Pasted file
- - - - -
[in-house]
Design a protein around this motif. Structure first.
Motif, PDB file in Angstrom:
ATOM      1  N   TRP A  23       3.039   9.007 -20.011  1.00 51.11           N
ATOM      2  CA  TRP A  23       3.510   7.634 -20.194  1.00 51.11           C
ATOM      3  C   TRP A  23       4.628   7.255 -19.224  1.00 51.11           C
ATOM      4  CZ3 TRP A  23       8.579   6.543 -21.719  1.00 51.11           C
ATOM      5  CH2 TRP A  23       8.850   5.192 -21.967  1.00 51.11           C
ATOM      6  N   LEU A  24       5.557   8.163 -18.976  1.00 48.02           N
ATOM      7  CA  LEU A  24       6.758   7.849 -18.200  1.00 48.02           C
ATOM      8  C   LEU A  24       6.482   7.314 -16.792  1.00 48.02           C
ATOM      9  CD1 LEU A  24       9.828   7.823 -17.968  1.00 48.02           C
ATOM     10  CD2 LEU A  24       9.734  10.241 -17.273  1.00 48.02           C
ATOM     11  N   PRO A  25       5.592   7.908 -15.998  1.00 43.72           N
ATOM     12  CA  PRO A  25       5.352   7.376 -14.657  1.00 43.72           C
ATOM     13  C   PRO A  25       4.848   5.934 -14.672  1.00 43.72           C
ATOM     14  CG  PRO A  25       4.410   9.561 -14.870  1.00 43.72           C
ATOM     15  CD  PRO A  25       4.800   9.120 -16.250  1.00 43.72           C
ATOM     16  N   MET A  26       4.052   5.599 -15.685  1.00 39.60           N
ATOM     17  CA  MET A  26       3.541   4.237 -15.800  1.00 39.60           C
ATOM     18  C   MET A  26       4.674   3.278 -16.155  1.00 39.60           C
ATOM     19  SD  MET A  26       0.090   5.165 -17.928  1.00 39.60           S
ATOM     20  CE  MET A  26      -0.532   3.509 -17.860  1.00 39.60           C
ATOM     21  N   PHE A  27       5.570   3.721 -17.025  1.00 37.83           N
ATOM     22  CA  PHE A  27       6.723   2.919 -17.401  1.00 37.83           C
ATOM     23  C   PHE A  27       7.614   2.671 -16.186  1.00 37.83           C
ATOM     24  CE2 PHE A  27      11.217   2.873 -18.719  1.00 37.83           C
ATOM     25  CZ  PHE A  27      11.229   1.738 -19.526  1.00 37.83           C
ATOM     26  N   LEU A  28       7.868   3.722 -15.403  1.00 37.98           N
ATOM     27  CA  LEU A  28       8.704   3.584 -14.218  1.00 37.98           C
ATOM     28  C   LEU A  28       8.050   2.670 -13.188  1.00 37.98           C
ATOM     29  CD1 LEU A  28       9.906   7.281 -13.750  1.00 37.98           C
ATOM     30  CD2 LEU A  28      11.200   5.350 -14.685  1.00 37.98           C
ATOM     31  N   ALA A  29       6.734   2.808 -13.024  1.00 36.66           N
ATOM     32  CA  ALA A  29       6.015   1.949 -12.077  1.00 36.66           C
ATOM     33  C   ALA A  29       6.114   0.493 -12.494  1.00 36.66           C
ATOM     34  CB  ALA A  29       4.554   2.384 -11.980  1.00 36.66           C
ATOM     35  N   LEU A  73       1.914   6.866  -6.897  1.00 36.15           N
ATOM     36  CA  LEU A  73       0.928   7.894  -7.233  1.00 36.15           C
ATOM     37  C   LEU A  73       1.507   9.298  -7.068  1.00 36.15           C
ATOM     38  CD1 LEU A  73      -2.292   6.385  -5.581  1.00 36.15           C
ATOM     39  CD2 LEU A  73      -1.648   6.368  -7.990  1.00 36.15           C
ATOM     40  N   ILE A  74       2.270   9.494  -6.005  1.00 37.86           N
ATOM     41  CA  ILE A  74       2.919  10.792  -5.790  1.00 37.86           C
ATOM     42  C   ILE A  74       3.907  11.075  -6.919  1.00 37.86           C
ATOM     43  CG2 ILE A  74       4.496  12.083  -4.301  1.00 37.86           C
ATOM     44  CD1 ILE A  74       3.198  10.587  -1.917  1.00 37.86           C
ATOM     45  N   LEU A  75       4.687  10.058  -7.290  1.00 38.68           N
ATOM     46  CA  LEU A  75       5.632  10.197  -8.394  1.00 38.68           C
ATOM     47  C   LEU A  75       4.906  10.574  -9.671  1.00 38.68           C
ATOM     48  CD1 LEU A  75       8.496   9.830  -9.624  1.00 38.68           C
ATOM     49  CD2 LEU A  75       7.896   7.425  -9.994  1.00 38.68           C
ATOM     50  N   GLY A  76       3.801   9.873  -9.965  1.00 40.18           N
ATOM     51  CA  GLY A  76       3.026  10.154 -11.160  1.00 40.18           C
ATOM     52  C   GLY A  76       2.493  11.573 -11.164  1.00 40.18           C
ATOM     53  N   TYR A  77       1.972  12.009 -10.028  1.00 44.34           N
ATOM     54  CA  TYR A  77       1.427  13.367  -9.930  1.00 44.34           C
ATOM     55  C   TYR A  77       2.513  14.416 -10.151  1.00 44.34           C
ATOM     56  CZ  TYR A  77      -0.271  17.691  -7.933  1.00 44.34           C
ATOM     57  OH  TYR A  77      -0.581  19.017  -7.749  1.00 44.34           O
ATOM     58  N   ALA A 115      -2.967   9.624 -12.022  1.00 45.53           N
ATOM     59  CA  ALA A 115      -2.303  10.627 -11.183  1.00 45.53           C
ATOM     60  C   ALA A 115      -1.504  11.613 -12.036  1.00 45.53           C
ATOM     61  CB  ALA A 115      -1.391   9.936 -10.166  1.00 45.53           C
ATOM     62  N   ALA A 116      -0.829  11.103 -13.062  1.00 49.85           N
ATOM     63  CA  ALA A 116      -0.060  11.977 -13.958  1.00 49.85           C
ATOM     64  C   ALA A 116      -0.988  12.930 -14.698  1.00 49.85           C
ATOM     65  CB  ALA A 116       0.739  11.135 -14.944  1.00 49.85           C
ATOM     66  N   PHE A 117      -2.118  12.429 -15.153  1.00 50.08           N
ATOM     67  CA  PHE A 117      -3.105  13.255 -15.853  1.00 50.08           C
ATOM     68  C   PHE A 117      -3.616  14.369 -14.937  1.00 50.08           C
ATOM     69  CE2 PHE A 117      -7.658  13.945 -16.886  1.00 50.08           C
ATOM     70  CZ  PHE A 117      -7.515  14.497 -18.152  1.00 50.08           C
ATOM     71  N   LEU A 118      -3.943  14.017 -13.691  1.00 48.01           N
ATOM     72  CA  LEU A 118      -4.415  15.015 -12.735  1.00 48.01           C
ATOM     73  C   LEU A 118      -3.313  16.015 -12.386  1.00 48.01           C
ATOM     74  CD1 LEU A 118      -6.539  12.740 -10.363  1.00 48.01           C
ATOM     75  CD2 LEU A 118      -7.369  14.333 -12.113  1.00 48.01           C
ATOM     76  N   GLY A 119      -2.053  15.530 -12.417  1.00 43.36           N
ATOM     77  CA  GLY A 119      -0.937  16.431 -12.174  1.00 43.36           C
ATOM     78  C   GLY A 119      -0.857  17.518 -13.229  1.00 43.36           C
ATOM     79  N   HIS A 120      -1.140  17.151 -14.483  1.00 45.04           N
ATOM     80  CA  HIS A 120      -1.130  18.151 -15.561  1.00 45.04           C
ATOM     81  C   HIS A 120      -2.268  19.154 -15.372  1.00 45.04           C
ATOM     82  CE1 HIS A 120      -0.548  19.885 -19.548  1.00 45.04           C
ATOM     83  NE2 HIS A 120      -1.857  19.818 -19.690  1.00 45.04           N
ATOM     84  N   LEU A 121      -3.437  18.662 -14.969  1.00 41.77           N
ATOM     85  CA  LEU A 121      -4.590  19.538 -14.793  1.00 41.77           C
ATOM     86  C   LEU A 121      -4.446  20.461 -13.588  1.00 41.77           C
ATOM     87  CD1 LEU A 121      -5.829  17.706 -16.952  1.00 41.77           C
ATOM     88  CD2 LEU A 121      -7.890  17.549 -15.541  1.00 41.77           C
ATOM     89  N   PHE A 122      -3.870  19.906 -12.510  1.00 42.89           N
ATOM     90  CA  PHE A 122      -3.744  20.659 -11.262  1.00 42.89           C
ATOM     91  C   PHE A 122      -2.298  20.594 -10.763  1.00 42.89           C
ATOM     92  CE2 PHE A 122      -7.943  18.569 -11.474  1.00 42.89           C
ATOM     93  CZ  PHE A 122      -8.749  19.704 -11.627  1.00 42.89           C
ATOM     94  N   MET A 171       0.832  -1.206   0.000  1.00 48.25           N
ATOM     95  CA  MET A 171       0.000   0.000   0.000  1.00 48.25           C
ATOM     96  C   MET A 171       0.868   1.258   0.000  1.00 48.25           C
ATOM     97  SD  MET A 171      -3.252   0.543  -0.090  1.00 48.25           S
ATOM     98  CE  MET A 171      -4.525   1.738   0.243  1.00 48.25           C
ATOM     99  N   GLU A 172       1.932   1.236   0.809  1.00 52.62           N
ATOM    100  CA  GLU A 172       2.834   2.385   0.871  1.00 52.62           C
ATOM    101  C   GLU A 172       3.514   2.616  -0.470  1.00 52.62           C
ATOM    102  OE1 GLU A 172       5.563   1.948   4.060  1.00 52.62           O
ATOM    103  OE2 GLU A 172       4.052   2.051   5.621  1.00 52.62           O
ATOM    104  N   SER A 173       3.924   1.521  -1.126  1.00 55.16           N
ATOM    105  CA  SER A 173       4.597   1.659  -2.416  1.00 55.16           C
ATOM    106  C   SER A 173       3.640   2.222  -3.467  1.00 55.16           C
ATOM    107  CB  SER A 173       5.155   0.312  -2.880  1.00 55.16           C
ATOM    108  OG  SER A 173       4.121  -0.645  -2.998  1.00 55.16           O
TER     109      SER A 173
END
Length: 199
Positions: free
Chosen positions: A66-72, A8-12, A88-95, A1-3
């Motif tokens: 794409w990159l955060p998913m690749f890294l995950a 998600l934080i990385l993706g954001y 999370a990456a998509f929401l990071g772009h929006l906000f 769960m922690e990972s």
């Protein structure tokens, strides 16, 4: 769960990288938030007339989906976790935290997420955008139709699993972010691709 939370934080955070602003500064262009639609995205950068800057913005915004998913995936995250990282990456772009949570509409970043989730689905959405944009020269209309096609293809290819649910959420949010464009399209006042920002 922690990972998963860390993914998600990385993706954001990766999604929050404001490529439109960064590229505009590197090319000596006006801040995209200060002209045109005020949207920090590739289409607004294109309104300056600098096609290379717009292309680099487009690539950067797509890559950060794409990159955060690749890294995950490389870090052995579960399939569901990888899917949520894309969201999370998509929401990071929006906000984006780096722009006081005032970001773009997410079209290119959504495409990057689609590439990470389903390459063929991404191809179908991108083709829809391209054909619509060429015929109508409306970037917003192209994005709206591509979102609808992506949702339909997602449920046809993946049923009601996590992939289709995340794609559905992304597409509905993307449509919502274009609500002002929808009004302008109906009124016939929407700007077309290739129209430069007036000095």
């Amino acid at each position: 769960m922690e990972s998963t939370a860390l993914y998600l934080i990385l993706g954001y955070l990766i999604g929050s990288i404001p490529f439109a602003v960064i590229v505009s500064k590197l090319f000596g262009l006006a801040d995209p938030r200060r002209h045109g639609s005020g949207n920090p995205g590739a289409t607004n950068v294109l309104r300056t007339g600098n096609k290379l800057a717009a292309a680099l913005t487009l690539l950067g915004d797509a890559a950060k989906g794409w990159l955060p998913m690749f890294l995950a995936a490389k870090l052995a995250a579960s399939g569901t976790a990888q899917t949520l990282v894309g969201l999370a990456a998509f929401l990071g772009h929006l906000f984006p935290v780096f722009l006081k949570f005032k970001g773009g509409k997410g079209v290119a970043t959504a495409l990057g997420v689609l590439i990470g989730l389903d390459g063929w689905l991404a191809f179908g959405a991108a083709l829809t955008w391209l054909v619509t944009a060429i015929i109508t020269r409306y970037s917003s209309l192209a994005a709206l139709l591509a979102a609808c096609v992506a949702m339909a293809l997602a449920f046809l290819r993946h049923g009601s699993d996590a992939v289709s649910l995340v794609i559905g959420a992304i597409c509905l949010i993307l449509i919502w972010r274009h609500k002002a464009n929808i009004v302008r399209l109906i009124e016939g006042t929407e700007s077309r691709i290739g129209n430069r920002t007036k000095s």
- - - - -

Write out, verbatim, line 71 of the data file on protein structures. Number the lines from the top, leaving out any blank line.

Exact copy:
ATOM     68  C   PHE A 117      -3.616  14.369 -14.937  1.00 50.08           C